There are setbacks which may make other challenges, have a character look like a chump or gain a weird deformity. They stopped the fire but summoned all of Sofi’s character’s furniture to the crime scene, creating a new problem for them to solve. Once that was done, the reason behind the zoo fire had been revealed as some rustlers were riding through town on giant spiders who were stolen from the zoo. Oh, and the spiders were on fire. The group had a chase through the streets with them, ending with the death of one flaming spider (sadly an undercover detective spider) and Sofi’s character attempting to escape with them when they flew away. The spiders left her behind though so she had to help arrange a police funeral along with the other characters. Emma’s second character (the first having died in the chase) managed to use the power of Excel to budget correctly which was combined with a surprise resurrection of the undercover flaming giant spider who burst out of a cake. Another successful day for the wizard police!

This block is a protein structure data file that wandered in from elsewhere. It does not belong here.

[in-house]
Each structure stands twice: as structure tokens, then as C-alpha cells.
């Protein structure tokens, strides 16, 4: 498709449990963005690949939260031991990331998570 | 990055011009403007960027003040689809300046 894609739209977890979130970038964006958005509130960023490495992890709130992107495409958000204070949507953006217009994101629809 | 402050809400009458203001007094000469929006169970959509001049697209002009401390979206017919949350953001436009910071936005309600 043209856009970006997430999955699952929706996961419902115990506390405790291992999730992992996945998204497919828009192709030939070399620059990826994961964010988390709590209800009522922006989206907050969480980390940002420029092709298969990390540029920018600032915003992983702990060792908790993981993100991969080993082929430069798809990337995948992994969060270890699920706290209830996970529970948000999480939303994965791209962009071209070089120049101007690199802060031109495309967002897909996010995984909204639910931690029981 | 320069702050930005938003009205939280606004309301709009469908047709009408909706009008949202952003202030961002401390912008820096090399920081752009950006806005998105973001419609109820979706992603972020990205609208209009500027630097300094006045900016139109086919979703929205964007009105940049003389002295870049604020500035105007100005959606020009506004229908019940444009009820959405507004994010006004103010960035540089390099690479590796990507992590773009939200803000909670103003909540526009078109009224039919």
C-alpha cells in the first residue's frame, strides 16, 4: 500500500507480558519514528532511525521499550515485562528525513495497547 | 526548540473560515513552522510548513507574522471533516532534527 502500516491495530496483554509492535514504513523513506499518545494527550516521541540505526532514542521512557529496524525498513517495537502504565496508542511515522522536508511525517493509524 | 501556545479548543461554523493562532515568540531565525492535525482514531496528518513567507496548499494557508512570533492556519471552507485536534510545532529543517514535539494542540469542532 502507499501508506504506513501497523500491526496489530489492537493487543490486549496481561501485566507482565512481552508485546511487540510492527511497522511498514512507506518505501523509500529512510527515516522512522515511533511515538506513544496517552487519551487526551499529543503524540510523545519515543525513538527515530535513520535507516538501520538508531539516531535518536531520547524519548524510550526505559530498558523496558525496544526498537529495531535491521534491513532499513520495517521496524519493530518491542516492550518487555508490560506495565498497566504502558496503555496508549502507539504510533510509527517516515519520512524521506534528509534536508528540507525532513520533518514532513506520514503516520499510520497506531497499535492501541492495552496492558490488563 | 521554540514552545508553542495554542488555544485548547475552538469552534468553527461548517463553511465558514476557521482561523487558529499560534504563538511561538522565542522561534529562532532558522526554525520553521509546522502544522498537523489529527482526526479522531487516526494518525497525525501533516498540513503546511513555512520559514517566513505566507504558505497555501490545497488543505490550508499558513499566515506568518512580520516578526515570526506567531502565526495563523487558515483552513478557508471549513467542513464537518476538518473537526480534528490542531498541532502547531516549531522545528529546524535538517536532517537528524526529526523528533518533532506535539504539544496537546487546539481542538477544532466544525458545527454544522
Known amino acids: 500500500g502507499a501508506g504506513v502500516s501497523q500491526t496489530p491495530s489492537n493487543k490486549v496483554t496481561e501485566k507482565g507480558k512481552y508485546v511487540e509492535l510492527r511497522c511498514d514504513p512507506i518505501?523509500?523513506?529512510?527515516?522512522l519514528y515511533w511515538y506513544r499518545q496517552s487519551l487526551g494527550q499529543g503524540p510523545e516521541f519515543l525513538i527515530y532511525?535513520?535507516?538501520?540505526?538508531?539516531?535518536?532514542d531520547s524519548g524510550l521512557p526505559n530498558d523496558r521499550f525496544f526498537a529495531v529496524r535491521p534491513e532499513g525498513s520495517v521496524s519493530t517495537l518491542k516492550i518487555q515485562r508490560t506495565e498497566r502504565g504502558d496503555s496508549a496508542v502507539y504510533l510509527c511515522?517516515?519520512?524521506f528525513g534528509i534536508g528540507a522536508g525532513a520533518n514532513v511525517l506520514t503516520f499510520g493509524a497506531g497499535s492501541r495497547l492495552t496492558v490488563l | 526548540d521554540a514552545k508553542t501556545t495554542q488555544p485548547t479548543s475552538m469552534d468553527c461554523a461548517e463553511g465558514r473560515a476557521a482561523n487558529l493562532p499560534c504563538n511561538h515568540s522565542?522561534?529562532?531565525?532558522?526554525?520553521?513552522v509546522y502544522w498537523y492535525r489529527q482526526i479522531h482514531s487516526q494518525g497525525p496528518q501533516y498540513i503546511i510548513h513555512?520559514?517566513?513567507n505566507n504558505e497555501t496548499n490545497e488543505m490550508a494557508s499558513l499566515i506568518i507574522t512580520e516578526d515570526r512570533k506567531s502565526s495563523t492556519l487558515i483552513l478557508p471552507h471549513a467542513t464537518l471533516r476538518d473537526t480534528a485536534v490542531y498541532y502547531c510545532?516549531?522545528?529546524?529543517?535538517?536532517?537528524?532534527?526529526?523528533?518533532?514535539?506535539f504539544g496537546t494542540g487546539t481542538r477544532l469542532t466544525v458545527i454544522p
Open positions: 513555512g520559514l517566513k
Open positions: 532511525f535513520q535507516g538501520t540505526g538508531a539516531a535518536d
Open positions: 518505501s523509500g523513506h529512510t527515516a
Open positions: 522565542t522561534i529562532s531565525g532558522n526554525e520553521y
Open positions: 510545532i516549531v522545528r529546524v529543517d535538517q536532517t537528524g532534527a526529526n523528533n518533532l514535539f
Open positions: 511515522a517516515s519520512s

SIR NOT APPEARING IN THIS GAMES DAY!
After the amount of time the first games took, it was too late to play the other game; Dr Magnethands’ Grand Cardvalcade. I love the sound of it, so I’ll explain it here anyway.
This is a GM’d game where people put words or phrases on pieces of paper, put them in a hat and then draw them to make characters and a story. At least, if this is normal Dr Magnethands then that’s the case. This time however you’re doing a grand cardvalcade. Instead of writing prompts on paper you and your friends go through your board game collection and gather up about five cards each to make a deck. Then you tell a story using those. That sounds amazing. Maybe we’ll do it next time.
SO TO SUM UP COULD YOU TELL ME IF THIS WAS ULTIMATELY A VALUABLE, FUN EXPERIENCE OR WAS IT MORE OF A ‘GOOD TO HAVE PLAYED RATHER THAN BE PLAYING’ SORT OF THING AND WILL YOU REPEAT ANY OF THEM IN THE FUTURE?